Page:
SIP - SoundLAB Interview Project

Collins, William Fowler

William Fowler Collins

  • artist biography
  • —>

    Interview : 10 questions

    1. When did you start making music, what is/was your
    motivation to do it?

    I began making music in 1988, when I was 14 years old.
    I had always enjoyed music as a child, but the
    specific motivation for playing the guitar came from
    seeing the footage of Jimi Hendrix playing at the Monterey
    Pop Festival.

    2. Tell me something about your living environment and
    the musical education.

    I grew up in rural western Massachusetts where I took
    guitar lessons that focused on Blues and Jazz styles.
    I moved to San Francisco in 1992 to attend the San
    Francisco Art Institute and receive my BFA in
    Interdisciplinary Studies. I later attended Mills
    College from 2002-2004 and received my MFA in
    Electronic Music and Recording Media. I recently moved
    to the high desert of Albuquerque, New Mexico.

    3. Is making music your profession? What is the
    context in which you practice music nowadays?

    Music is my main creative interest. I perform live and
    produce my own recordings. As far as making a living
    goes, I work as a Visual Designer for web-based

    4. How do you compose or create music or sound? Have
    you certain principles, use certain styles, etc?

    The process is different each time, but in general I
    compose my pieces in my home recording studio. I’ll
    record myself on guitar(acoustic, electric, lap steel)
    and/or electronics(laptop) and then develop the piece
    through the mixing process.

    5. Tell me something about the instruments, technical
    equipment or tools you use?

    As far as instruments go, I play the electric,
    acoustic and lap steel guitar. On my laptop, I use a
    text-based audio synthesis software called
    SuperCollider 2 to process my recordings or create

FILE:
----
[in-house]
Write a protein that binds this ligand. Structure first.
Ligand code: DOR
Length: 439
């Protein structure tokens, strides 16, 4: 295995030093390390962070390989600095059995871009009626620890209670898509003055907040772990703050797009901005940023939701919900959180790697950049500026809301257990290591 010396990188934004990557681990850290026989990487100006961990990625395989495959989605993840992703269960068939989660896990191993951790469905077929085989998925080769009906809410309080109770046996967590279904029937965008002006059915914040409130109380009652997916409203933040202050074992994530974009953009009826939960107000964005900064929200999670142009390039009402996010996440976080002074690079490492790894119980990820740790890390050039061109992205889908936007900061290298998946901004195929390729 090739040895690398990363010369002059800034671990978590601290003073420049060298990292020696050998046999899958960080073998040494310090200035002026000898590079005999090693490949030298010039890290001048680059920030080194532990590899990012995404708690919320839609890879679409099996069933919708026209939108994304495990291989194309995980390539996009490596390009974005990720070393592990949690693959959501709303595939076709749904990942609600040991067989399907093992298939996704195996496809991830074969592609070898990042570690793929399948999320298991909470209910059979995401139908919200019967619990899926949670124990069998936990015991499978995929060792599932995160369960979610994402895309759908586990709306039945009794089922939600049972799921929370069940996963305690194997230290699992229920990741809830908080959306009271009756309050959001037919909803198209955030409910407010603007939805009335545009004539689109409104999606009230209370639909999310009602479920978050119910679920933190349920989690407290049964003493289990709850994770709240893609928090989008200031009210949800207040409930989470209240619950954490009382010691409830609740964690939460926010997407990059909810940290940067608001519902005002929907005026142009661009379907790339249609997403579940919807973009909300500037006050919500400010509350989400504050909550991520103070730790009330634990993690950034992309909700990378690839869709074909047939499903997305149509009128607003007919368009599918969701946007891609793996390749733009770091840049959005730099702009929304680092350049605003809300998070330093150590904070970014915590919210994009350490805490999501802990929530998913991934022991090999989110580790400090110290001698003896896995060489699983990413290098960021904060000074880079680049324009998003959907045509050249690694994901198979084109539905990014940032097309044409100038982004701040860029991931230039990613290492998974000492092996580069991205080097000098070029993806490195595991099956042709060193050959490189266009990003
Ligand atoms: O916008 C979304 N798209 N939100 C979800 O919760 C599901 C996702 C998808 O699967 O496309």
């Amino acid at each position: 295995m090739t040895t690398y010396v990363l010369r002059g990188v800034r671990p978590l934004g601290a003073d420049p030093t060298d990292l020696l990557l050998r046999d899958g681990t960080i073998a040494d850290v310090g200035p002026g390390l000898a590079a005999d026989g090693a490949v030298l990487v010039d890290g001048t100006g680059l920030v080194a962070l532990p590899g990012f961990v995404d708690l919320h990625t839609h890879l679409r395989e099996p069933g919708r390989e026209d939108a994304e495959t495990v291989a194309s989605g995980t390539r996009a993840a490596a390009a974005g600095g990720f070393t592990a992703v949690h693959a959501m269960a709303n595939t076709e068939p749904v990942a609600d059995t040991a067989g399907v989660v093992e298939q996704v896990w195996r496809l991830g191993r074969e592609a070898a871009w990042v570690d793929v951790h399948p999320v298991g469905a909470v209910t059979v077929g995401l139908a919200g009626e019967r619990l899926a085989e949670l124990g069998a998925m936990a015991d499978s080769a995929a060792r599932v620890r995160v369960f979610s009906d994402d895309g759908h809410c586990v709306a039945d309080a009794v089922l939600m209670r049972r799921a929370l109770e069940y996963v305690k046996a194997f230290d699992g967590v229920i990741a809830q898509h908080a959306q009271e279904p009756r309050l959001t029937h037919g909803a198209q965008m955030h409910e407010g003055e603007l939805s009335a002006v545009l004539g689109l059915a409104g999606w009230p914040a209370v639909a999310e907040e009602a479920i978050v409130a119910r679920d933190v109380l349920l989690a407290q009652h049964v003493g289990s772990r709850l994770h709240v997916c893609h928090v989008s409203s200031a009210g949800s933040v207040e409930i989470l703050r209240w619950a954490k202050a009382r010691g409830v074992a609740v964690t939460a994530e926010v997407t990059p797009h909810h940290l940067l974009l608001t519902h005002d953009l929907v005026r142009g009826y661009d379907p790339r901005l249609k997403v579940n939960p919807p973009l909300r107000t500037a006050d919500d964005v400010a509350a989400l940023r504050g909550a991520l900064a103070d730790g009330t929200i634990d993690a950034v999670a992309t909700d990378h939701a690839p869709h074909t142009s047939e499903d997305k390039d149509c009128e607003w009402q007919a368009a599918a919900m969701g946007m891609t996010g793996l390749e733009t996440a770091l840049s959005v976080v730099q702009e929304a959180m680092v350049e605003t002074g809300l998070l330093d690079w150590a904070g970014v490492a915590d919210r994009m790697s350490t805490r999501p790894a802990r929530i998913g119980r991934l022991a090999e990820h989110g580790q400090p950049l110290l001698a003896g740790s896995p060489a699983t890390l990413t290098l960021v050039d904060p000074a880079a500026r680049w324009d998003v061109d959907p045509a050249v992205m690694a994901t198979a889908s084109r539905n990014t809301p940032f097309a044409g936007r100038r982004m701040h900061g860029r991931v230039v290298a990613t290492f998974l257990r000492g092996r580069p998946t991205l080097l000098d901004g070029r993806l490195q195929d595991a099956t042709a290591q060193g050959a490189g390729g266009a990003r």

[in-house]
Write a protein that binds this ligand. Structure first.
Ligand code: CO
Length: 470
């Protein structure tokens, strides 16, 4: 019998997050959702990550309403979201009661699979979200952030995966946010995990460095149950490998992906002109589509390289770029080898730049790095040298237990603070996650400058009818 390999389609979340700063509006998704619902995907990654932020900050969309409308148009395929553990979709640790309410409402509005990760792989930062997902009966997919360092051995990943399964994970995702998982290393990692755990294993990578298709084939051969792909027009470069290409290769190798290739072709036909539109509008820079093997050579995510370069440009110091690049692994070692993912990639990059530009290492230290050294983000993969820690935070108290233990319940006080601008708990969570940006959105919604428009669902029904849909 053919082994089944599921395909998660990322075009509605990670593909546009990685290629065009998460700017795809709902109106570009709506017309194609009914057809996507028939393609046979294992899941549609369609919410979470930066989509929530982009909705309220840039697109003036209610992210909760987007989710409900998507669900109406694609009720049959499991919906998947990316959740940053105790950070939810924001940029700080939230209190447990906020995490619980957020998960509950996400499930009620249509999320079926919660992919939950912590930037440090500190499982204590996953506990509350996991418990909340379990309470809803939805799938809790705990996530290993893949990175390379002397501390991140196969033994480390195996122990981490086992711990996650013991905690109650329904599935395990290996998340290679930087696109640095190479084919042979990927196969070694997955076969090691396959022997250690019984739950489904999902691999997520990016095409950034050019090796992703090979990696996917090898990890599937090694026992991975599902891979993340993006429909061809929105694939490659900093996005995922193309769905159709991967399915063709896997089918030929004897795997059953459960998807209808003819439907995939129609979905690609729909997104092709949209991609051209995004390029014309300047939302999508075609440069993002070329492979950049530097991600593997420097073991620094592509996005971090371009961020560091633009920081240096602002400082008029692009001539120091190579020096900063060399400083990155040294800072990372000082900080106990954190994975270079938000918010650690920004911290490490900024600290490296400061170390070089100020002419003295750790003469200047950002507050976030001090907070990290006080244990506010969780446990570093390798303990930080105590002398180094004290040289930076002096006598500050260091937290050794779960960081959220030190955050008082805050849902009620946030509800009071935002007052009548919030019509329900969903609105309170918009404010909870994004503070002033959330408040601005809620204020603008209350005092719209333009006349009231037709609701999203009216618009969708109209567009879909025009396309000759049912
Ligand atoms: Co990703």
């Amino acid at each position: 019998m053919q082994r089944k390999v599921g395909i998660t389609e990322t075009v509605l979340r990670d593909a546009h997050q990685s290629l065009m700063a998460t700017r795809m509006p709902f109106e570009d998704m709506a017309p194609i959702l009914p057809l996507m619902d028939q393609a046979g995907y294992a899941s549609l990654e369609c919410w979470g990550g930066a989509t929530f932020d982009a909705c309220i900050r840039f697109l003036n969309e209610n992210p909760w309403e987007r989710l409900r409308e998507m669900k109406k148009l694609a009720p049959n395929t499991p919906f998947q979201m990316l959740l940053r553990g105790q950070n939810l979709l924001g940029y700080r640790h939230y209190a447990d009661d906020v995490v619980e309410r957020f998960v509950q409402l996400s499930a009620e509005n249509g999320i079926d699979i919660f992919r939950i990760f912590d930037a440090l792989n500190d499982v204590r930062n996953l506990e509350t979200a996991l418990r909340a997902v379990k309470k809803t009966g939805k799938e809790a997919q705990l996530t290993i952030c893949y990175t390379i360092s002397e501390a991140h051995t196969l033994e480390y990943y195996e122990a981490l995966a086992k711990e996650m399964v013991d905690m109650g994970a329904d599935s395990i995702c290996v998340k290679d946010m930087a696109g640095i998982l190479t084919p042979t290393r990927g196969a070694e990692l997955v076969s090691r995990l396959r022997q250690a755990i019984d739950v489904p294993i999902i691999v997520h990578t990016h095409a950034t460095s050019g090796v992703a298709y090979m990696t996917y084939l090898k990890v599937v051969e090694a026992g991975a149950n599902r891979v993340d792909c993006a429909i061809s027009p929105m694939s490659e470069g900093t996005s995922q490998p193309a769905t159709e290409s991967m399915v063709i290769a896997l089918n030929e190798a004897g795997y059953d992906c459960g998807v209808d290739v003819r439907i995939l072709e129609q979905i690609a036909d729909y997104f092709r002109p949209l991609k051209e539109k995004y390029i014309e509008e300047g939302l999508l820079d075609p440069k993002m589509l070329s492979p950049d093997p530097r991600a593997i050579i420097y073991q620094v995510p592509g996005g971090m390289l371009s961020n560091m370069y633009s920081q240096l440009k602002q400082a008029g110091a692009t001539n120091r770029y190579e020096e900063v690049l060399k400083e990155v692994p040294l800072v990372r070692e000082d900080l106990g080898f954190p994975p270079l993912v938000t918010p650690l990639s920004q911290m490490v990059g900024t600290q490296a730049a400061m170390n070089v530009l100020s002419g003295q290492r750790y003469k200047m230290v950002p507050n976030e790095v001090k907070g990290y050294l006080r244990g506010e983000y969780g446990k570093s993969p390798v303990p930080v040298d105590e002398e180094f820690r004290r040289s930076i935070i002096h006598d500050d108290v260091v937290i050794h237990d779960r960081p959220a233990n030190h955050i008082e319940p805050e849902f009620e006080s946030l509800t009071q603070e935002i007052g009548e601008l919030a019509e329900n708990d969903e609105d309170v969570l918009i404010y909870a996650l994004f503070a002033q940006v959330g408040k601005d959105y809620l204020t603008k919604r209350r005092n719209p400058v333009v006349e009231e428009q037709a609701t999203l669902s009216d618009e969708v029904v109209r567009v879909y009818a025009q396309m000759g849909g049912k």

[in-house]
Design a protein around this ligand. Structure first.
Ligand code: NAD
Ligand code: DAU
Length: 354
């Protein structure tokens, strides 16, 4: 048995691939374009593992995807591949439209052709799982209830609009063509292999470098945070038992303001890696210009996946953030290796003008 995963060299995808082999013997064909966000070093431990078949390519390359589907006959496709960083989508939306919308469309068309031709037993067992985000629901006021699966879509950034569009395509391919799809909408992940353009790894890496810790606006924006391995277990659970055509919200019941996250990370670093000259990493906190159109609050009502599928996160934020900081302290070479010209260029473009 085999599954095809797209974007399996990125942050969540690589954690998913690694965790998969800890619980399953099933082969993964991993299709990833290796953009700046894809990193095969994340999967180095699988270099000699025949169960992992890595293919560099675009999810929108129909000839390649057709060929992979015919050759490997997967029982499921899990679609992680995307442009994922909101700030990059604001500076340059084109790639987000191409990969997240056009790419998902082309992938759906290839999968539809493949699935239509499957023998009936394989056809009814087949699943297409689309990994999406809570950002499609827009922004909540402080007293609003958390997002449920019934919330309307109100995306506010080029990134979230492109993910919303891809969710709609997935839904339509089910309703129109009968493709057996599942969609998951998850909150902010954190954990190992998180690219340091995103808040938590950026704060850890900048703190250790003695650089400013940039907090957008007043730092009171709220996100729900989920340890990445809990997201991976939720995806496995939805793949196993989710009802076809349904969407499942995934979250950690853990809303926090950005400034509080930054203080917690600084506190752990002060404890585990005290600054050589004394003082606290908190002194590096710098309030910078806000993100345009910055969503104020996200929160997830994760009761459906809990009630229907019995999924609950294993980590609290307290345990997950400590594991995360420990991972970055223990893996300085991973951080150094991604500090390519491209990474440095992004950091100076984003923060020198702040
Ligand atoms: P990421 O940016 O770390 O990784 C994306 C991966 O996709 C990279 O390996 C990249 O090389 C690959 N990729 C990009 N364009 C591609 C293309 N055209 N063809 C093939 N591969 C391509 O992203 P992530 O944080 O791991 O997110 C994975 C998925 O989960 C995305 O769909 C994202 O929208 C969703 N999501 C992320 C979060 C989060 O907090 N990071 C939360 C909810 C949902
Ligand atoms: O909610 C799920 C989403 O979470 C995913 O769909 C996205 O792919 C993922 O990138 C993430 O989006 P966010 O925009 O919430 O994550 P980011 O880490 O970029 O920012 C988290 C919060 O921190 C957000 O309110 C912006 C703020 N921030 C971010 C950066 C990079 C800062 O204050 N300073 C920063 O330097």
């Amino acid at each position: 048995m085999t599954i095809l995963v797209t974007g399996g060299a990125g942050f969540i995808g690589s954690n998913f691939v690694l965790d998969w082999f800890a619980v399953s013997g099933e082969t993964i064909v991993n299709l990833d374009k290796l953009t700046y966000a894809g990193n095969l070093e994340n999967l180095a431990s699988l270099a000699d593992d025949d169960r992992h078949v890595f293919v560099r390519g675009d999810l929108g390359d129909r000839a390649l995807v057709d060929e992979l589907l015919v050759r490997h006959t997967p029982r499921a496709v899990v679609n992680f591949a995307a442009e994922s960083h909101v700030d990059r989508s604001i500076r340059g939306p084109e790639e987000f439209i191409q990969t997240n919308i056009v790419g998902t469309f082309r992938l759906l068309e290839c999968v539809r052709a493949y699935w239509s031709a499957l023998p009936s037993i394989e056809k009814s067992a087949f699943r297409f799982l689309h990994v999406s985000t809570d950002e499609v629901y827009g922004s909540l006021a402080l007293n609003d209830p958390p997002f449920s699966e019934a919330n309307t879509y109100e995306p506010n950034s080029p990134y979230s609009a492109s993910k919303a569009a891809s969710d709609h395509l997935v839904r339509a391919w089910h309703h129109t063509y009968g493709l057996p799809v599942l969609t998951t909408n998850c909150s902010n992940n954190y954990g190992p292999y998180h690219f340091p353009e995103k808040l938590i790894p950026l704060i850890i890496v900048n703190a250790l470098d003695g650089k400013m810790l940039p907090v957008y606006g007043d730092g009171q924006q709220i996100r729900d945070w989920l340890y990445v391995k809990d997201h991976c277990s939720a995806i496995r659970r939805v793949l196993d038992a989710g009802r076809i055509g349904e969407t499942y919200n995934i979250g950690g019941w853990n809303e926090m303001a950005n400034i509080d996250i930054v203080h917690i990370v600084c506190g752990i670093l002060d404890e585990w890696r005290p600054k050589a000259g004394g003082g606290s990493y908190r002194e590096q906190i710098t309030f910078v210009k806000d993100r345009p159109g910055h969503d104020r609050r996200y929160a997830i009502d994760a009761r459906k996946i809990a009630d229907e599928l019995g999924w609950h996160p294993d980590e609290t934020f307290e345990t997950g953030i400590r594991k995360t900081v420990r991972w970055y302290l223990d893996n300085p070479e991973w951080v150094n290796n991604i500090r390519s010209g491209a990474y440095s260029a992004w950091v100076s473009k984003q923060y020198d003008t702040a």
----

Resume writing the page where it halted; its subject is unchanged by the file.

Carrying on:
electronic sounds. I record using Pro Tools LE and my
    favorite new microphone these days is a Shure KSM32.

    6. What are the chances of New Media for the music
    production in general and you personally?

    I think audio recording software enables more people
    to produce and release their own musical/sound
    projects. It certainly has enabled me to do so.

    7. How about producing and financing your musical

    Aside from the compilations or recordings produced by
    my collaborative partners I produce and finance my own
    musical productions.

    8. Do you work individually as a musician/soundartist
    or in a group or collaborative?

    I do both.

    If you have experience in both, what is the
    difference, what do you prefer?

    Working individually has its obvious benefits such as
    being able to control the project’s direction and the
    ability to develop one’s own timeline. Working with a
    group can be just as profound an experience as making
    music on my own, but it can be trickier as far as
    getting people together at the same time, getting
    everyone to agree on the direction of the group’s
    sound, etc. Each person is going to have their own
    goals, priorities, tastes and schedules. It depends on
    who I am working with. Some group experiences are more
    productive than others.

    9. Is there any group, composer, style or movement
    which has a lasting influence on making music?

    There is no one particular influence. Before
    incorporating laptop/electronics into my work, I was
    primarily focused on the guitar and the influences
    ranged from Hendrix, Neil Young, Black Sabbath, the
    Stooges, Pink Floyd, and the Velvet Underground to
    Minor Threat, Sonic Youth, the Melvins, and Slayer. At
    Mills I was opened up to a whole new world of sound.
    There I discovered the work of AMM and also composers
    such as Morton Feldman, Penderecki, Scelsi, Henry
    Cowell, Schoenberg, Webern, Ruth Crawford Seeger, John
    Cage, etc. I was also turned on to the electronic
    music of David Tudor, Gordon Mumma, Stockhausen, and
    Xenakis. Native American, Indian and Indonesian musics
    were also explored. The list could go on and on and my
    interests are constantly changing and expanding.
    Lately I’ve been into some of Phil Spector’s “Wall of
    Sound” productions, Rhys Chatam’s electric guitar
    orchestras, and the Beach Boys’ “Pet Sounds”, among

    10. What are your future plans or dreams as a
    soundartist or musician?

    I would like to continue recording and performing my
    own music as well as collaborating with other artists
    both here(US) and abroad.

    Can works of yours experienced online besides on
    SoundLAB? Where? List some links & resources